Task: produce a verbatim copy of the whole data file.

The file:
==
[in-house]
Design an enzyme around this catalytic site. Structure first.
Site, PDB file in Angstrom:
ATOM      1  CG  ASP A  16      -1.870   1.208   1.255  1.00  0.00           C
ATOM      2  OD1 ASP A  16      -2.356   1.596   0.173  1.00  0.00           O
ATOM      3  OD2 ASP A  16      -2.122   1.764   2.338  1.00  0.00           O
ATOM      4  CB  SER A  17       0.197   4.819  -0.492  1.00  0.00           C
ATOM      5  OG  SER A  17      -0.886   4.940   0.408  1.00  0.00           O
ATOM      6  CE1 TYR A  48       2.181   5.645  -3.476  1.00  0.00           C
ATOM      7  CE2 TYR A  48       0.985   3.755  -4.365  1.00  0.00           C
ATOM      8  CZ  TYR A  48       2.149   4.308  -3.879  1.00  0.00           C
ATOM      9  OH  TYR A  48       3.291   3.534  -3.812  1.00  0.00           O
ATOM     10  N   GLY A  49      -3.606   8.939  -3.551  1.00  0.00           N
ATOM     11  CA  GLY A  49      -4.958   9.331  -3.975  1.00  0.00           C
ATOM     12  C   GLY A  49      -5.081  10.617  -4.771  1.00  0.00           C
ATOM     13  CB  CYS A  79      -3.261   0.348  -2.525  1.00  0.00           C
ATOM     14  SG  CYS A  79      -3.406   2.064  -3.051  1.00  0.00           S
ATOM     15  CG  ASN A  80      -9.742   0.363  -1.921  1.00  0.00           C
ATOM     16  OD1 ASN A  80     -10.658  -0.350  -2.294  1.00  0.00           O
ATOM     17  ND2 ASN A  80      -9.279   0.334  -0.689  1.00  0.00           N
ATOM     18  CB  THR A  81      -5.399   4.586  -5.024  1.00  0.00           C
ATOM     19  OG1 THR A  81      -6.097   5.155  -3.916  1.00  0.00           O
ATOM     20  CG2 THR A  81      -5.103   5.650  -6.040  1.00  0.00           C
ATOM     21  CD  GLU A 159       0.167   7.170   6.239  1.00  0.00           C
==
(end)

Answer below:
[in-house]
Design an enzyme around this catalytic site. Structure first.
Site, PDB file in Angstrom:
ATOM      1  CG  ASP A  16      -1.870   1.208   1.255  1.00  0.00           C
ATOM      2  OD1 ASP A  16      -2.356   1.596   0.173  1.00  0.00           O
ATOM      3  OD2 ASP A  16      -2.122   1.764   2.338  1.00  0.00           O
ATOM      4  CB  SER A  17       0.197   4.819  -0.492  1.00  0.00           C
ATOM      5  OG  SER A  17      -0.886   4.940   0.408  1.00  0.00           O
ATOM      6  CE1 TYR A  48       2.181   5.645  -3.476  1.00  0.00           C
ATOM      7  CE2 TYR A  48       0.985   3.755  -4.365  1.00  0.00           C
ATOM      8  CZ  TYR A  48       2.149   4.308  -3.879  1.00  0.00           C
ATOM      9  OH  TYR A  48       3.291   3.534  -3.812  1.00  0.00           O
ATOM     10  N   GLY A  49      -3.606   8.939  -3.551  1.00  0.00           N
ATOM     11  CA  GLY A  49      -4.958   9.331  -3.975  1.00  0.00           C
ATOM     12  C   GLY A  49      -5.081  10.617  -4.771  1.00  0.00           C
ATOM     13  CB  CYS A  79      -3.261   0.348  -2.525  1.00  0.00           C
ATOM     14  SG  CYS A  79      -3.406   2.064  -3.051  1.00  0.00           S
ATOM     15  CG  ASN A  80      -9.742   0.363  -1.921  1.00  0.00           C
ATOM     16  OD1 ASN A  80     -10.658  -0.350  -2.294  1.00  0.00           O
ATOM     17  ND2 ASN A  80      -9.279   0.334  -0.689  1.00  0.00           N
ATOM     18  CB  THR A  81      -5.399   4.586  -5.024  1.00  0.00           C
ATOM     19  OG1 THR A  81      -6.097   5.155  -3.916  1.00  0.00           O
ATOM     20  CG2 THR A  81      -5.103   5.650  -6.040  1.00  0.00           C
ATOM     21  CD  GLU A 159       0.167   7.170   6.239  1.00  0.00           C